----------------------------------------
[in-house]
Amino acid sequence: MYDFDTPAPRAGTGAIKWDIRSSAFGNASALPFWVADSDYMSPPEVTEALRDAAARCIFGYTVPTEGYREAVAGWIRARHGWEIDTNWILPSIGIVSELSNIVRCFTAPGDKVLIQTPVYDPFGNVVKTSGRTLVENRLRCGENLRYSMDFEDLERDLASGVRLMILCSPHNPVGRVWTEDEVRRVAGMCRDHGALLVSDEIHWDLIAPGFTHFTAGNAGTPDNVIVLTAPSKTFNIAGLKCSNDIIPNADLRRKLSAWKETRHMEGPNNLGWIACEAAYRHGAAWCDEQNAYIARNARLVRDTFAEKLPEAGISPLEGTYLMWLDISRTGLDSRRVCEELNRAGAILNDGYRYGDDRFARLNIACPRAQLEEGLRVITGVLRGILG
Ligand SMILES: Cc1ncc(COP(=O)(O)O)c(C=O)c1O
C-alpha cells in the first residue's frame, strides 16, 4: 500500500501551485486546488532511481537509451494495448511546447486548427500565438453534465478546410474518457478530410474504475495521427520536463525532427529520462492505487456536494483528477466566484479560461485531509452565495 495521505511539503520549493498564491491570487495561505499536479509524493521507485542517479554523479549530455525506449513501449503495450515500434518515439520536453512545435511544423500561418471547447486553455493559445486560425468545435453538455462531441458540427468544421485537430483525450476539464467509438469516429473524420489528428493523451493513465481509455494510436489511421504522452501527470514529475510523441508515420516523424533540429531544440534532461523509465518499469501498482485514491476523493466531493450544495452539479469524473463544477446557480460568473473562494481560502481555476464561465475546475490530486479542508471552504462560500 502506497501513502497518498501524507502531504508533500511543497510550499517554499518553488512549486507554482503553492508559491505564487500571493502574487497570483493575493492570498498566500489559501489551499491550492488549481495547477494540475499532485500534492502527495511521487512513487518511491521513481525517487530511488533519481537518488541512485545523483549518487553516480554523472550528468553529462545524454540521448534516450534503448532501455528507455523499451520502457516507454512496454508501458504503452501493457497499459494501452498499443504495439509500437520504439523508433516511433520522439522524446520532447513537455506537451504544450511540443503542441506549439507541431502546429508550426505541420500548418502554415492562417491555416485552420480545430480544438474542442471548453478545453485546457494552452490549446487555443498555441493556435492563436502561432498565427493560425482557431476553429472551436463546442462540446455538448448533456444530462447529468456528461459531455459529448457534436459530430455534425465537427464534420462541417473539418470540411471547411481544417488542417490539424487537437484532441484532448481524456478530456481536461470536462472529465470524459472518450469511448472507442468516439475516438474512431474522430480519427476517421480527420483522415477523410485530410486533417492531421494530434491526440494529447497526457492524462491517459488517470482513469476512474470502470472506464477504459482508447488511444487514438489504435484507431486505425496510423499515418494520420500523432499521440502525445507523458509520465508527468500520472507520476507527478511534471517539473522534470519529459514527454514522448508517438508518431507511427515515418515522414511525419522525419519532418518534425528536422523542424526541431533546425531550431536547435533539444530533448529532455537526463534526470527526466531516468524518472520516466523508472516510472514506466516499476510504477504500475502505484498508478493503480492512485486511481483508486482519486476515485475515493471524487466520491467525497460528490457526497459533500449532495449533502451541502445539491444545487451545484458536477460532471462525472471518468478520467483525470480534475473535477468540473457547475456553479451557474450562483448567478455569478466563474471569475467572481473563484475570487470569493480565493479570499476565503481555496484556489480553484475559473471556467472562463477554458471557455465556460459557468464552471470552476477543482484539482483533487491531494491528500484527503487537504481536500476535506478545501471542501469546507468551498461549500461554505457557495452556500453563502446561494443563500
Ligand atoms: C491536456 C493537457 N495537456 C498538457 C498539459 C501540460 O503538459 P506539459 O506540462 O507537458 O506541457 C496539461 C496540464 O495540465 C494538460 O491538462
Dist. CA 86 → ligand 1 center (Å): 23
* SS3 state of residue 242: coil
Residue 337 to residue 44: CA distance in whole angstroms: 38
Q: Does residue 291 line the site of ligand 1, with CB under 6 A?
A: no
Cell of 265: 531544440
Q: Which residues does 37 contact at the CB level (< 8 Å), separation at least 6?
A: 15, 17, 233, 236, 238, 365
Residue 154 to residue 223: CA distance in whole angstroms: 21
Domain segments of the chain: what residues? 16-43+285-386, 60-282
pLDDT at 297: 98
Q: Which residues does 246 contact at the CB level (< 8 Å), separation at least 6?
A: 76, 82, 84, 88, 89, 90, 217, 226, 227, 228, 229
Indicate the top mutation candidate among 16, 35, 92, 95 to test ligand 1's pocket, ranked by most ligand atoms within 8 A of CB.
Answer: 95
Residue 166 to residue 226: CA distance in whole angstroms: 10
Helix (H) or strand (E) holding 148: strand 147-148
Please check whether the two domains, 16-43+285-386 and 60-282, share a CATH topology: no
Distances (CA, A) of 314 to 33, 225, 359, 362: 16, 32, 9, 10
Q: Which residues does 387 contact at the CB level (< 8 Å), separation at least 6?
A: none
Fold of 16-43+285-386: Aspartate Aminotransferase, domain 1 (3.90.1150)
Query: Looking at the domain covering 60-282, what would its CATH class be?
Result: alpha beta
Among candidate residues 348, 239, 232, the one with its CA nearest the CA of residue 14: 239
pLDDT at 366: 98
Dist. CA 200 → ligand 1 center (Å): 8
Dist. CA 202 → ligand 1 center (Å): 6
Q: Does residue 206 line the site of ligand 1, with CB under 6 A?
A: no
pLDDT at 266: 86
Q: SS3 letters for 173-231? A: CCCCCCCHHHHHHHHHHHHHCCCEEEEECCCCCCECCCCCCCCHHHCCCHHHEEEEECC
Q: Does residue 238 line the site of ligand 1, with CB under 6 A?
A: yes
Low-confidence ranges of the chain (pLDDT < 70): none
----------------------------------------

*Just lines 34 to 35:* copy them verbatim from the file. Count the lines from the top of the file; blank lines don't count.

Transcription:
Q: Does residue 206 line the site of ligand 1, with CB under 6 A?
A: no